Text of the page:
Apologies for the unannounced and unexpected hiatus; end-of-semester stress plus post-graduation disorder and disarray equals extra insomnia. Add to that my continued work with IGM and life’s usual curveballs, and you have one very confusticated me, and I confess for quite a while there that even as I kept on plotting posts I never got around to writing, I considered throwing in the towel.
But if, dear reader, you are in fact not just a figment of
my imagination, fear not -- I’m baaack. And I bring with me a souvenir from the land of the madder than mad.
I’ve been in a Wonderland mood lately (it happens
from time to time), and during one of my many trips down the rabbit-hole that
is internet research, I came across a man whose works boggled my mind almost as
much as the pronunciation of his last name.
Jan Švankmajer is a
Czech surrealist who has directed, written and animated a fair few films, and
is known for his unique animations and style. His filmography includes several literary adaptations, not the least of which being a couple of Edgar Allan Poe stories -- but after watching his 1988 film, Alice, and then his 1971 short, Jabberwocky, I've been too traumatized to look up the rest of his stuff.
Švankmajer's vision of Wonderland isn't exactly a pretty sight. I sought out Alice (original title: Něco z Alenky, "Something from Alice") expecting a darker version of Carrol's world, but ignorant of how seriously insane it was truly going to be. Of course, it's supposed to be mad -- but through Švankmajer's lens, it becomes a dangerously disturbing place that threatens to haunt the dreams of any poor soul foolish enough to step through the looking glass. If that sounds a bit dramatic, consider this: the white rabbit is played, thanks to the creepiest stop-motion animation ever, by a (REAL) stuffed rabbit who bleeds sawdust all over the place throughout the film. And whatever you do, don't ask me about the skeletons. I might cry.
When I first watched the film, I couldn't wait for it to be over -- especially once I realized the rabbit really was a dead rabbit, and I'm pretty sure the skeletons are real too -- but in retrospect, I have reasons to appreciate both the artist and the experience (even if I never, ever want to repeat it for as long as I live). I can't help but take issue with casting dead animals' remains in a movie, but the methods behind Švankmajer's madness intrigue me.
He has stated in interviews that his problem with previous adaptations was the tendency they all exhibited of interpreting the Alice books as fairytales, stories with strange but nonetheless linear plots and, more importantly, morals. He argues that Alice's adventures are dreams and, thus, are fundamentally different from fairytales, in that they wander and jump around at the whim of the subconscious, and are totally devoid of any moral agenda. In Alice (as in many of his works), nearly everything is crafted from everyday objects and materials, mirroring the way dreams rearrange familiar images into foreign, sometimes even incomprehensible visions.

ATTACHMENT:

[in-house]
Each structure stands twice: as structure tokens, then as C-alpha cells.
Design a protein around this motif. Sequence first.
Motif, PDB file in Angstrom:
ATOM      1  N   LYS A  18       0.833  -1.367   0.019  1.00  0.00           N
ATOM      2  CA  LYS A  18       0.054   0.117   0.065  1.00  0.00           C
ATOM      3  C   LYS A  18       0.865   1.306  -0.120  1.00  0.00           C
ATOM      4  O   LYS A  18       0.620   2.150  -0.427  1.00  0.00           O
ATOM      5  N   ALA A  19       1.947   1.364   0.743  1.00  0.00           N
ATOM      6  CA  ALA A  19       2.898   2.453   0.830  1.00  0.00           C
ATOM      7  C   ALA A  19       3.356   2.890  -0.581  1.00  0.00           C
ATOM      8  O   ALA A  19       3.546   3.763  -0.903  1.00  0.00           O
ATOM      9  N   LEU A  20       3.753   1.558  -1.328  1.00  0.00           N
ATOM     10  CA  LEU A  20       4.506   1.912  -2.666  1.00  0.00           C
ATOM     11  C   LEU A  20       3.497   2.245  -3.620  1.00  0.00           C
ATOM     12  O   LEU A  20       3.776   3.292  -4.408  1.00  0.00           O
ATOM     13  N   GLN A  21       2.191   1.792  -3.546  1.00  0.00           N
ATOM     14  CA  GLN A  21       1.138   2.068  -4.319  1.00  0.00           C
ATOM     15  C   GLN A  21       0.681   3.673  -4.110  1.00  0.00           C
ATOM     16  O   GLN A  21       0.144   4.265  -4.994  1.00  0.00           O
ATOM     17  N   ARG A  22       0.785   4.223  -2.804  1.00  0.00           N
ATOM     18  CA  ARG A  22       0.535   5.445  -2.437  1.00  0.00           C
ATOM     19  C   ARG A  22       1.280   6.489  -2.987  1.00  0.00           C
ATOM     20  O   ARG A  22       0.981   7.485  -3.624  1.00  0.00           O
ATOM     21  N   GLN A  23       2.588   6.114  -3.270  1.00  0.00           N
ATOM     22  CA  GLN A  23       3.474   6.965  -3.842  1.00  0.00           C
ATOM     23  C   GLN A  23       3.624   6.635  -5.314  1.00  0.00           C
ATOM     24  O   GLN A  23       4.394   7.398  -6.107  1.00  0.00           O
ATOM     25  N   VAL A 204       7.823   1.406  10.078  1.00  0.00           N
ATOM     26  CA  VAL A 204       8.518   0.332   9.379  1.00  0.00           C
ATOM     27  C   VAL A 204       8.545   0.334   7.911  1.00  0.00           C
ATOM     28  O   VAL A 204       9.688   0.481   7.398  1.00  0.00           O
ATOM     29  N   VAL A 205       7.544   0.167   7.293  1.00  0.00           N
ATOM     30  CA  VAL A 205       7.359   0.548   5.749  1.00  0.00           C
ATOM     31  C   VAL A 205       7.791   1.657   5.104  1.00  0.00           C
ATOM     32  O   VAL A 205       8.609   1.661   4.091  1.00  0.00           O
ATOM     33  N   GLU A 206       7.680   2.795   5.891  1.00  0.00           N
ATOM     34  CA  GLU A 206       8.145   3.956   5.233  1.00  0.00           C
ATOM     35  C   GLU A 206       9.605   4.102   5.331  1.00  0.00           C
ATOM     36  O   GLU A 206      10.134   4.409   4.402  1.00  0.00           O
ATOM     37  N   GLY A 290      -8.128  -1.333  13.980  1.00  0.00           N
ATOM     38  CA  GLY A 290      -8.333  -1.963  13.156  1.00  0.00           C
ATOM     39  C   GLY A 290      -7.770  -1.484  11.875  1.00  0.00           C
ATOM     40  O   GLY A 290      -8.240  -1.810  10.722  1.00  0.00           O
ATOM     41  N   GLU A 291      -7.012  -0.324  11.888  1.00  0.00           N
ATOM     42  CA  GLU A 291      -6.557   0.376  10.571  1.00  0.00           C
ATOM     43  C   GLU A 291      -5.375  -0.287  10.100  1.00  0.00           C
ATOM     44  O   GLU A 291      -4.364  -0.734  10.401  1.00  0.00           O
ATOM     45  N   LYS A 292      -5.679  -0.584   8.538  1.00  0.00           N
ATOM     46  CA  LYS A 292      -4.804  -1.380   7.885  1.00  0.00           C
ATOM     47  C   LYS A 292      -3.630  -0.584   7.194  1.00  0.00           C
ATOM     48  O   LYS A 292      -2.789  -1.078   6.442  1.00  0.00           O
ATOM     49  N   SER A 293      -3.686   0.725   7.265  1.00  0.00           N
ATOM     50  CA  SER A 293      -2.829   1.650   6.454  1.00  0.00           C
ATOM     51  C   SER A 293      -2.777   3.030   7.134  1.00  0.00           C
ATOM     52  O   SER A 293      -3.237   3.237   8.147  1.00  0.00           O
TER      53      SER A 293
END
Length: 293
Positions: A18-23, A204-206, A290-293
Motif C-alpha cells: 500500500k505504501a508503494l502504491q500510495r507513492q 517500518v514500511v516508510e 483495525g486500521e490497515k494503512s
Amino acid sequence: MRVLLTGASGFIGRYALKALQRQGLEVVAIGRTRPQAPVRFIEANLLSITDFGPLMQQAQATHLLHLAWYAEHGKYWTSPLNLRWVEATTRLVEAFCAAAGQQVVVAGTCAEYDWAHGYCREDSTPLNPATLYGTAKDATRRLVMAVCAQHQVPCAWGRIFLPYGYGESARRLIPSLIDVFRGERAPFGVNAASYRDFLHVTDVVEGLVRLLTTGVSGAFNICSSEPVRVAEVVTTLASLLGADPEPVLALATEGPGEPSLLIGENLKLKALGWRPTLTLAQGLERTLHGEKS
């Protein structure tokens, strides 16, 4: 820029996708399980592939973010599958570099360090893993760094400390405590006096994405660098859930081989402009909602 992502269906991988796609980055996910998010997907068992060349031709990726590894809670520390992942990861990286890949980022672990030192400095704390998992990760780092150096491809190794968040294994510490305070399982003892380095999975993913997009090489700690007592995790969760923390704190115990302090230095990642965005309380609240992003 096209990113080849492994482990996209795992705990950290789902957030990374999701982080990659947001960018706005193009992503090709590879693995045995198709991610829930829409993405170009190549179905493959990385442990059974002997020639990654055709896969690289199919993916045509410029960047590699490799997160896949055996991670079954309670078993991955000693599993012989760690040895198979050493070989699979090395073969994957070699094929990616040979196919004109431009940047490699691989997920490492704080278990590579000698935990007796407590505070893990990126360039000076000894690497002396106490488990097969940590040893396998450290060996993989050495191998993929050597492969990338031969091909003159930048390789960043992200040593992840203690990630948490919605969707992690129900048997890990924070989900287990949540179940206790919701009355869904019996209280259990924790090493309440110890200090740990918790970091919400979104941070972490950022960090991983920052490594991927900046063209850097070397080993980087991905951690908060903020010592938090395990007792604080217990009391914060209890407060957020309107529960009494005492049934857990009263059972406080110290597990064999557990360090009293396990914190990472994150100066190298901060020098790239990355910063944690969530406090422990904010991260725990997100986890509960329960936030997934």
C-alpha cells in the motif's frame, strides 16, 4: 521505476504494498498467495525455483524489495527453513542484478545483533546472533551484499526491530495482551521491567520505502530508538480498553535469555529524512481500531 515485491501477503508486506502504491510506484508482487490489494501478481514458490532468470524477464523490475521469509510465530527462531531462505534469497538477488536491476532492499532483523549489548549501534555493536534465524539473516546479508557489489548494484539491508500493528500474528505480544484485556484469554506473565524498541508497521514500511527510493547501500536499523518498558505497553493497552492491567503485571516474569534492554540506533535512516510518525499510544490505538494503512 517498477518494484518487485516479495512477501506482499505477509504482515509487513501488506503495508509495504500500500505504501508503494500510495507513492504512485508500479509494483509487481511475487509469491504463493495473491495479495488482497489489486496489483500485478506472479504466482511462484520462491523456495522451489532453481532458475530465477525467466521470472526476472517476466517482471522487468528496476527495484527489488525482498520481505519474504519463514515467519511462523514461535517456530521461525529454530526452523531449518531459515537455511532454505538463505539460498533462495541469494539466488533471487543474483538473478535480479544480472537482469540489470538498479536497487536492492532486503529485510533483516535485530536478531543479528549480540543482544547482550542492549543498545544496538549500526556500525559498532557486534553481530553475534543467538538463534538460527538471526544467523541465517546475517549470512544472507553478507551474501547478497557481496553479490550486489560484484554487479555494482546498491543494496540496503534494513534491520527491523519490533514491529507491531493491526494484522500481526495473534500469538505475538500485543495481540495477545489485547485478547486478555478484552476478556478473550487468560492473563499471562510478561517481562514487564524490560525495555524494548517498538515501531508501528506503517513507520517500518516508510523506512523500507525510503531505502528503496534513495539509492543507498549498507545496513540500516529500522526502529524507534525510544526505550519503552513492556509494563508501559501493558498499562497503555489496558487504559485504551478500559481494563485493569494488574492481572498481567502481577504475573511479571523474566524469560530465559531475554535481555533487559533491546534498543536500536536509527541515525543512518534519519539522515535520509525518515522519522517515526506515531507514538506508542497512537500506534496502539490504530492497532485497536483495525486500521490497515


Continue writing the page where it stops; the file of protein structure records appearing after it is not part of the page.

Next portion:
Jabberwocky, in some ways, took this even further. Švankmajer short, experimental film reminded me in thirteen bewildering minutes of why the man behind the camera scares me -- and why I don't usually watch experimental films. Call me low-brow, but when I walk away feeling vaguely nauseous and wondering WTF I just subjected my eyeballs to, I start to wonder if maybe I shouldn't have just watched a Disney movie instead.
I can't tell you what Jabberwocky was about, because I honestly have no clue. What I can tell you is that it involved spanking someone's naked bum (that's the very first thing you see in the film, actually), a startling black cat that seems to have a grudge against mazes, macabre porcelain dolls, and a wardrobe that doesn't lead to Narnia (probably), but can go wherever the heck it wants, thanks to its magical ability to walk, or glide, or something. While Alice at least gives the impression of some sort of followable narrative, Jabberwocky is a collage of indecipherable imagery and insanity. Though thankfully devoid of taxidermy (as far as I recall, anyway), it is nevertheless just as disturbing as its feature film follow-up, and a thousand times more disjointed and perplexing.
In spite of my qualms, I still wanted to share Švankmajer's work with you all, especially my fellow Wonderland fans. At the end of the day, I do admire Švankmajer's daring originality, and I respect him as a master of dream-world conjurations -- even if his penchant for dead things does give me nightmares.
Seen Alice and/or Jabberwocky? Have questions or comments about Švankmajer's works? Comment away! If you'd like to see the films for yourself, they can be a bit difficult to find -- at least in the US -- but a grinning cat once told me it's possible to find them on the internet, if you know the right places to look...